The Rock Creek treatment plant processes water from sources in the 10,000-acre (40 km2) Rock Creek Municipal Watershed near Marys Peak. The three sources are surface streams which are all tributaries of the Marys River. Rock Creek has a processing capacity of 7 million US gallons (26,000 m3) of water per day (gpd), though operational characteristics of the 9-mile (14 km), 20-inch (51 cm) pipeline to the city limits capacity to half that. The Rock Creek Plant output remains steady year round at about 3 million gpd.
The H.D. Taylor treatment plant obtains water from the Willamette River, and has been expanded at least four times since it was first constructed in 1949. Its output varies seasonally according to demand, producing from 2 to 16 million US gallons (61,000 m3) per day, though it has a capacity of 21 million gpd.
The total reservoir capacity is 21 million US gallons (79,000 m3), though measures to voluntarily reduce water usage begin when reservoir levels fall below 90% of capacity, and become mandatory at 80% or below. As part of its ongoing water conservation program, the water department jointly publishes a guide to water-efficient garden plants.
According to the federal Environmental Protection Agency report on its “green power communities,” Corvallis is among the top cities in the nation in terms of buying electricity produced from renewable resources. Corvallis purchases more than 126 million kilowatt-hours of green power annually, which amounts to 21 percent of the city’s total purchased electricity.
As of 2012 the Corvallis Fire Department is headed by Chief Roy Emery and currently has 6 fire stations.
This list excludes persons whose only connection to Corvallis is attendance or employment at Oregon State University.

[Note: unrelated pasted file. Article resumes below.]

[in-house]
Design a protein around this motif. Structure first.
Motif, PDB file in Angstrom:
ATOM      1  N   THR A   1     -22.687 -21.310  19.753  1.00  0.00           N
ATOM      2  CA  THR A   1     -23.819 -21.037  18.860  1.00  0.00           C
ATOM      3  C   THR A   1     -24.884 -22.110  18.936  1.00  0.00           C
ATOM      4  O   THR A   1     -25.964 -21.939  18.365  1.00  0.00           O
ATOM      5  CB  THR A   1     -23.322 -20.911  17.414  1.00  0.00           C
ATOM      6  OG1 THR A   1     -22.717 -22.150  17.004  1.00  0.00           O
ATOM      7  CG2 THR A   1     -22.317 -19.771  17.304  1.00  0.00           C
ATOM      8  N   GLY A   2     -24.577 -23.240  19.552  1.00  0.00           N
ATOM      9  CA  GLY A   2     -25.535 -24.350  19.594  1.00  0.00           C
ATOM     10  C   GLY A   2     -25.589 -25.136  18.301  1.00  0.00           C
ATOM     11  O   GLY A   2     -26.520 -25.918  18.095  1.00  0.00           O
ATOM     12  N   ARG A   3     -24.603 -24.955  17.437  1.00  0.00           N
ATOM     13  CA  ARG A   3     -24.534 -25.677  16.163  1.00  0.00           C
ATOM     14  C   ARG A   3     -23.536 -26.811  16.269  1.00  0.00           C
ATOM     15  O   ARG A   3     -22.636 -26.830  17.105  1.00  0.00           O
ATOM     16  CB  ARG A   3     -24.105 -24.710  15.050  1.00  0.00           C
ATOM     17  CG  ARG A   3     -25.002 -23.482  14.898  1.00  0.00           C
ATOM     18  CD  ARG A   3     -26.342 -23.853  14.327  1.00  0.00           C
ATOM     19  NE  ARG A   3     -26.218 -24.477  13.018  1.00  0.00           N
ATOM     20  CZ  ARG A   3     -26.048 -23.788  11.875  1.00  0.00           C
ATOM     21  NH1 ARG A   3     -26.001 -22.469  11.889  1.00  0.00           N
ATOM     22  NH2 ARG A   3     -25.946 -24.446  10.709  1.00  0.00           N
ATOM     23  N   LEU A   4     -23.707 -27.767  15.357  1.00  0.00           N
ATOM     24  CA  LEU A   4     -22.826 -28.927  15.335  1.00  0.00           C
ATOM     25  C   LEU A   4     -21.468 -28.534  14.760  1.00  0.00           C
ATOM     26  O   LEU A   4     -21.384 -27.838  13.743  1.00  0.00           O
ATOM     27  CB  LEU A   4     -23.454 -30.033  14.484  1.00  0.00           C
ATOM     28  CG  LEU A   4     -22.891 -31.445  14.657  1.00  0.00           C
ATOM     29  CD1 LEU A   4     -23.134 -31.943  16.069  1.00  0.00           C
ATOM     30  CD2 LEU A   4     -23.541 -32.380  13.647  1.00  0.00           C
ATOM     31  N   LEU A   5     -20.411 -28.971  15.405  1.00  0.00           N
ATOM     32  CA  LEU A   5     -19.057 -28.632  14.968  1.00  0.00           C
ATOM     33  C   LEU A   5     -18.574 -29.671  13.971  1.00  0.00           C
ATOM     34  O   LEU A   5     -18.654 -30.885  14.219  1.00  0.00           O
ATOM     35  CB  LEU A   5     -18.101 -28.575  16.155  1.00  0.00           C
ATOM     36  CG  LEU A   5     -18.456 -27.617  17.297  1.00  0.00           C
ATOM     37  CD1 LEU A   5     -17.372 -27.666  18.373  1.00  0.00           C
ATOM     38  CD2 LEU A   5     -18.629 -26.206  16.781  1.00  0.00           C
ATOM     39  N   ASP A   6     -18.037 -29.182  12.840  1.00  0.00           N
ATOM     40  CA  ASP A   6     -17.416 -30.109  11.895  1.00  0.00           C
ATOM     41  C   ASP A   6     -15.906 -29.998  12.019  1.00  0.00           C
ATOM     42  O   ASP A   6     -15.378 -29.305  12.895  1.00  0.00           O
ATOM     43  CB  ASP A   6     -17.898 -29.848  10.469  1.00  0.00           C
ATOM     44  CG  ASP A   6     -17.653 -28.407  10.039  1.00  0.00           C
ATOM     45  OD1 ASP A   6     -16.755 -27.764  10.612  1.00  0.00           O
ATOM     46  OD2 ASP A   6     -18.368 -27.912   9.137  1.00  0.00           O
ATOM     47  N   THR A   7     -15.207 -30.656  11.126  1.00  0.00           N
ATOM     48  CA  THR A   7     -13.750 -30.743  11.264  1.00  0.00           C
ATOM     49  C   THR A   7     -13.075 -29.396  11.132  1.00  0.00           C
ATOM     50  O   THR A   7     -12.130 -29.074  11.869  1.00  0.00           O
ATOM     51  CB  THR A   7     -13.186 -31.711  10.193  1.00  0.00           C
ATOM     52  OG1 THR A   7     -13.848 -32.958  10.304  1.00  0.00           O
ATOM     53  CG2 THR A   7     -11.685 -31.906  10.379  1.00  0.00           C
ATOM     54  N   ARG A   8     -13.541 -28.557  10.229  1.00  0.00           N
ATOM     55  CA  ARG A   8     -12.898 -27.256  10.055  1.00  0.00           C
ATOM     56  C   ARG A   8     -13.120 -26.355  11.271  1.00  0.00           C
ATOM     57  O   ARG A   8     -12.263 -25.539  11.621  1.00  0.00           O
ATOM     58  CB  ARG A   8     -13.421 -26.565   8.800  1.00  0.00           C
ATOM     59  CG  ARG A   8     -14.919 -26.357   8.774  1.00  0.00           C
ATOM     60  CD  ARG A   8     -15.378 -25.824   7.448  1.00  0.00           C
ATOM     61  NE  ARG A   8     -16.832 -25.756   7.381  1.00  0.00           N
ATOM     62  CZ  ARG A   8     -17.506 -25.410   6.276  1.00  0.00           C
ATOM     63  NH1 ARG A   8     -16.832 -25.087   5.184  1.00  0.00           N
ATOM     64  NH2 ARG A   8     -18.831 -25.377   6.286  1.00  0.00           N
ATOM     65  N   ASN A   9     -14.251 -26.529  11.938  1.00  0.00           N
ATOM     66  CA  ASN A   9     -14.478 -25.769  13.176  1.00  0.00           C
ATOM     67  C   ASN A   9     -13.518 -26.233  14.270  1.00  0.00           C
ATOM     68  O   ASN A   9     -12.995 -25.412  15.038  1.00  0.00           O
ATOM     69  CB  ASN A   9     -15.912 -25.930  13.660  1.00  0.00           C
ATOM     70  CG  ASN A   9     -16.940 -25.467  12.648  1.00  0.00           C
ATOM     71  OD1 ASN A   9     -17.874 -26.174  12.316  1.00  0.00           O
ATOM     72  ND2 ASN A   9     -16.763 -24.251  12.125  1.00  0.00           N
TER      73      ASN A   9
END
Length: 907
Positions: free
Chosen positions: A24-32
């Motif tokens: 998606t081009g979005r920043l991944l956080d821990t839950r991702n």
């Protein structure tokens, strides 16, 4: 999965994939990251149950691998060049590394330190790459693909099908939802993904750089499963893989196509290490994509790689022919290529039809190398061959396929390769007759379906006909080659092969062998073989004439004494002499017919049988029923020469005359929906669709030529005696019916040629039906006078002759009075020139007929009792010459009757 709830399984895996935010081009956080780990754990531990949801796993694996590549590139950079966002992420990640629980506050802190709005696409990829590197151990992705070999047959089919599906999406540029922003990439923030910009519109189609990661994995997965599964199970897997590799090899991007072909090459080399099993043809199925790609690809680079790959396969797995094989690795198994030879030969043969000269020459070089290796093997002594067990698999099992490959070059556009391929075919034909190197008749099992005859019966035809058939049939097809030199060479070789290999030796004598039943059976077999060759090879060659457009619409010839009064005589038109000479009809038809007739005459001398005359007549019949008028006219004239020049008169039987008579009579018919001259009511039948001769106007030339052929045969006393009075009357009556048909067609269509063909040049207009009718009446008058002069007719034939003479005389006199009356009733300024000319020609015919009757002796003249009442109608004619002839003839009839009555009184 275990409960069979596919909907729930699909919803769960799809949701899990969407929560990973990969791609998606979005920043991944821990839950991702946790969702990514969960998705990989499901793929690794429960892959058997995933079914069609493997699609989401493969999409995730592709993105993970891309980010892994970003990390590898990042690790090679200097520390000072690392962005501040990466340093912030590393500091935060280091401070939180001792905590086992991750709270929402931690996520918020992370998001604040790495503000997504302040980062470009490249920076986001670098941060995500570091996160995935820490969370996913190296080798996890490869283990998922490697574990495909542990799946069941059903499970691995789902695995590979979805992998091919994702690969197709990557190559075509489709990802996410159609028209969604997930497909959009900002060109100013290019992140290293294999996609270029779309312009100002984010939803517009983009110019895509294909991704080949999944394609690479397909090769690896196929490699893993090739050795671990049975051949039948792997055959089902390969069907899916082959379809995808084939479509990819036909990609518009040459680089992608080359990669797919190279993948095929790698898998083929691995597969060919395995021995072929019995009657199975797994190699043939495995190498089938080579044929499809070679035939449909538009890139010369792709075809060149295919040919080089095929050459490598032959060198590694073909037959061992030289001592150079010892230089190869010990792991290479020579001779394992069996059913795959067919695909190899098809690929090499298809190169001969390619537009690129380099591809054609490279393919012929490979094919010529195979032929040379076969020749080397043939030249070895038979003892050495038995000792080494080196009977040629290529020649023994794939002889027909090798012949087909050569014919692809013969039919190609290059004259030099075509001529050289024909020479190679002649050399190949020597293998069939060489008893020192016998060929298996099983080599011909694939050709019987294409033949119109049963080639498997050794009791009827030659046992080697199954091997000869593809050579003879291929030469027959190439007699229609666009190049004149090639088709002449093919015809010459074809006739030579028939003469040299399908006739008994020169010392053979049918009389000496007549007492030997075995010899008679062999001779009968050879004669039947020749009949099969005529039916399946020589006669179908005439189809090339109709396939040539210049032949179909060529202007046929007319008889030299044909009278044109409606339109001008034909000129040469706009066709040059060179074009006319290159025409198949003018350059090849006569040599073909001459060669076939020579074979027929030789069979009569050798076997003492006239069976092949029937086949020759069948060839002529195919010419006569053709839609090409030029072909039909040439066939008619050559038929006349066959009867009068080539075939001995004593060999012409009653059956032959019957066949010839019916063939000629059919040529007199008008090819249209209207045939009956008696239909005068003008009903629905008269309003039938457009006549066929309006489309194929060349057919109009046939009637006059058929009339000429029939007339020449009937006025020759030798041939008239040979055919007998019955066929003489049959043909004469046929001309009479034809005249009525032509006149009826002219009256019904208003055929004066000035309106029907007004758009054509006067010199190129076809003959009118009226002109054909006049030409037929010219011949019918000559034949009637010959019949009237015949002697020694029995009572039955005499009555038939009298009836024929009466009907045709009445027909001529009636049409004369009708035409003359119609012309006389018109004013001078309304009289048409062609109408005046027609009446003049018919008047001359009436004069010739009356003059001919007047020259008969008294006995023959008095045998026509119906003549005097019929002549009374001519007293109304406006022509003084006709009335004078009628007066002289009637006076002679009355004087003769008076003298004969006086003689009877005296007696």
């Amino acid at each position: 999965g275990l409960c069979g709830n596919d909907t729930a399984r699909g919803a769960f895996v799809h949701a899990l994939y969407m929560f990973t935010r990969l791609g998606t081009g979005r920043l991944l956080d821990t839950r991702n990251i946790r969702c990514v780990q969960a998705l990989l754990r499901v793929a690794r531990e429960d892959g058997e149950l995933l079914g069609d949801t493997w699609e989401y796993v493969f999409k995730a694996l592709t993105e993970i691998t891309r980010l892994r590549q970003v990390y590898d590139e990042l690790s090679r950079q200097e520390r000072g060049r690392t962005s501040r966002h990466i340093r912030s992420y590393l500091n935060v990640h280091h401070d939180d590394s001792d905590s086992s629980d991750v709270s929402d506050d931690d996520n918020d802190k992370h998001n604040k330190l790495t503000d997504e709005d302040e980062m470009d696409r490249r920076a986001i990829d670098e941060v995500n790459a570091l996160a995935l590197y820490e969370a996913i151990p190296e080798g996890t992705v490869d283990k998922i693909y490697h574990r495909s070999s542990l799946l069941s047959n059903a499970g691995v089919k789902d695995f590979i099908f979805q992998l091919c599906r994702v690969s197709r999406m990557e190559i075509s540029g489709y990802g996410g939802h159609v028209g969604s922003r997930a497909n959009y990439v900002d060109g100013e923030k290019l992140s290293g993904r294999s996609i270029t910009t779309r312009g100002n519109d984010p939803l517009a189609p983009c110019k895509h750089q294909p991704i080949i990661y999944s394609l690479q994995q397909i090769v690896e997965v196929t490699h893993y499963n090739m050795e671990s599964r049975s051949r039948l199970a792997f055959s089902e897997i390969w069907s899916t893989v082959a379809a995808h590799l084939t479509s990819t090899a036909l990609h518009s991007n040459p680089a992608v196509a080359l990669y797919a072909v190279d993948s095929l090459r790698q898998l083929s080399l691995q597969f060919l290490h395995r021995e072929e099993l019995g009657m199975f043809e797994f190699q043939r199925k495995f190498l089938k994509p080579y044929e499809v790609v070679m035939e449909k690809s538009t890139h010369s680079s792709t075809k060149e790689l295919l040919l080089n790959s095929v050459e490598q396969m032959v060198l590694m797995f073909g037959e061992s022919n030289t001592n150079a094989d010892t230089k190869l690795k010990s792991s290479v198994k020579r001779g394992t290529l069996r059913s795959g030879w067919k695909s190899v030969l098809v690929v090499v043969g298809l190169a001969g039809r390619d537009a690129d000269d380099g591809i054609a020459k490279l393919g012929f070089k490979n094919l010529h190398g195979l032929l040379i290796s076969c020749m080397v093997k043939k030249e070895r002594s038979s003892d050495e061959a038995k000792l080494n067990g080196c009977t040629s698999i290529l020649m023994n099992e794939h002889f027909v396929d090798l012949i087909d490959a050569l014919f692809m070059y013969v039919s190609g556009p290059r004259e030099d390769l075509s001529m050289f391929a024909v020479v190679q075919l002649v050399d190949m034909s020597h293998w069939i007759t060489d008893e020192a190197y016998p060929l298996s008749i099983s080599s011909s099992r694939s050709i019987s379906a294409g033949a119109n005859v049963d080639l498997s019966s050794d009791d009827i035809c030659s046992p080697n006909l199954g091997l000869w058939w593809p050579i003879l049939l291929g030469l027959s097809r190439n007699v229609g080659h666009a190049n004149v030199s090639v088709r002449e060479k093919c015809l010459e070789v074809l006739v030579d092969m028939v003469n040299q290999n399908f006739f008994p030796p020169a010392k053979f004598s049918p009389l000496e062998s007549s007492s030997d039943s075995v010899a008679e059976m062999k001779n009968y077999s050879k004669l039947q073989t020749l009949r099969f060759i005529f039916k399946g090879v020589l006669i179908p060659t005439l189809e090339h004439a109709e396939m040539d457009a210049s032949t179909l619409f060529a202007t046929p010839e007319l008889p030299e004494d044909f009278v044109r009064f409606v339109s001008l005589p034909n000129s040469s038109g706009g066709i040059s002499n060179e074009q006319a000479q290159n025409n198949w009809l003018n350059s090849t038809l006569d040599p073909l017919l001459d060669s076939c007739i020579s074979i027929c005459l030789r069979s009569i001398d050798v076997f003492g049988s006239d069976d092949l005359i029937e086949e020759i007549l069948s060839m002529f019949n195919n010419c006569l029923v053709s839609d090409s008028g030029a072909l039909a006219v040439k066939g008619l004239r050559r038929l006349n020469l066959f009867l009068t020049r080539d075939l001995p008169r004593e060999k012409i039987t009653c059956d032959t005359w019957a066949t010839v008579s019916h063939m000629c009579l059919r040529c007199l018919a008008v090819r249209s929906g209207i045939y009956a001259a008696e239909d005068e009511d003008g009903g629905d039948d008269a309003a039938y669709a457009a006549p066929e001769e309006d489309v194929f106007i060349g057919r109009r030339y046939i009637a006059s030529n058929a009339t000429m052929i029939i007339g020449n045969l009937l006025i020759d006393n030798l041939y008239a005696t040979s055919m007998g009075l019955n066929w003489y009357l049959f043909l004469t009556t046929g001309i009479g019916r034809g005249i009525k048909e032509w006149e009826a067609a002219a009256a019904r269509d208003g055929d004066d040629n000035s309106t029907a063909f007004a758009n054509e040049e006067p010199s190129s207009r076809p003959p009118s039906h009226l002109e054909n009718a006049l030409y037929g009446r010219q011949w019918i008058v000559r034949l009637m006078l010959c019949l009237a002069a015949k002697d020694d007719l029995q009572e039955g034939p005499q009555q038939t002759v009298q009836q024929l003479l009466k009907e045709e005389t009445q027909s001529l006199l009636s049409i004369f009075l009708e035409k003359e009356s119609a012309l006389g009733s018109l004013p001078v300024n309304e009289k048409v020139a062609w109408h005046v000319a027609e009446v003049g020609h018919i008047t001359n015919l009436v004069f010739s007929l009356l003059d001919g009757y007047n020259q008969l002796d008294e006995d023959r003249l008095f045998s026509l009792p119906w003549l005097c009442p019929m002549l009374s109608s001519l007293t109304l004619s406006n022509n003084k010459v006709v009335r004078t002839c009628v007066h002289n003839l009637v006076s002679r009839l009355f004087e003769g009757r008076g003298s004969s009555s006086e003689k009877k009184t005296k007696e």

2006: The Morgan Quitno Awards ranked Corvallis as the 20th safest city (of 344) in the 13th Annual America's Safest (and Most Dangerous) Cities publication for metropolitan areas of its size.
2006: Corvallis was ranked in the top 10 by Economist Richard Florida for the Most Creative Places to live with less than 250,000 people.
2006: Cities Ranked and Rated ranks Corvallis as the 10th Best Place to Live in the United States.
2007: In a 2007 report, Farmers Insurance Group ranked Corvallis as the "most secure" small city in America, based on (as reported by Insurance Journal magazine) crime statistics, extreme weather, risk of natural disasters, environmental hazards, terrorism threats, air quality, life expectancy and job loss numbers.
2007: Yahoo! Real Estate named Corvallis as one of their 10 best places to live.
2007: Moody's Economic.com ranked Corvallis 3rd in the United States Business Vitality Index.
2008: On February 18, 2008, Corvallis was named the fifth smartest city in America by Forbes Online Magazine.
2008: A September 2008 report revealed that Benton County, of which Corvallis makes up the majority of the population, is ranked 5th for longest life expectancy at birth of all counties in the United States, at 80.93 years.
2008: Corvallis is ranked among the top 20 towns to live in by Outside magazine.
2008: Country Home magazine ranked Corvallis the best Green Place to Live in America.
2011: In April 2011, the New York Times named Corvallis as the American city with the lowest risk of natural disaster.
Notable works of fiction
Corvallis plays a major role in The Postman, in which it is depicted as the center of rebuilding civilization in post-apocalyptic Oregon, due to the university, logistics, and favorable wind patterns, which render it capable of surviving nuclear war.
Corvallis plays a major role in S. M. Stirling's "Emberverse" series. It's one of the few cities to come through the Change with many survivors, and with some sort of governing infrastructure remaining from the old world. The town's name is used in the title of the third book, A Meeting at Corvallis
Corvallis was the inspiration for "Cascadia" in the Bernard Malamud novel, A New Life
Oregon State College, Outline History of Oregon State College. Corvallis, OR: Oregon State College, 1950.
David A Pinyerd, Bernadette Niederer, and Tony Vandermeer, A History of Corvallis High School. Corvallis, OR: Corvallis School District 509J, 2005.
M. Boyd Wilcox, Two to Four O'clock at The Beanery : A Journal of Observations, Analyses, Interviews, and Commentary Regarding a First-Rate "Third Place" in Downtown Corvallis, Oregon. Corvallis, OR: n.p., 2012.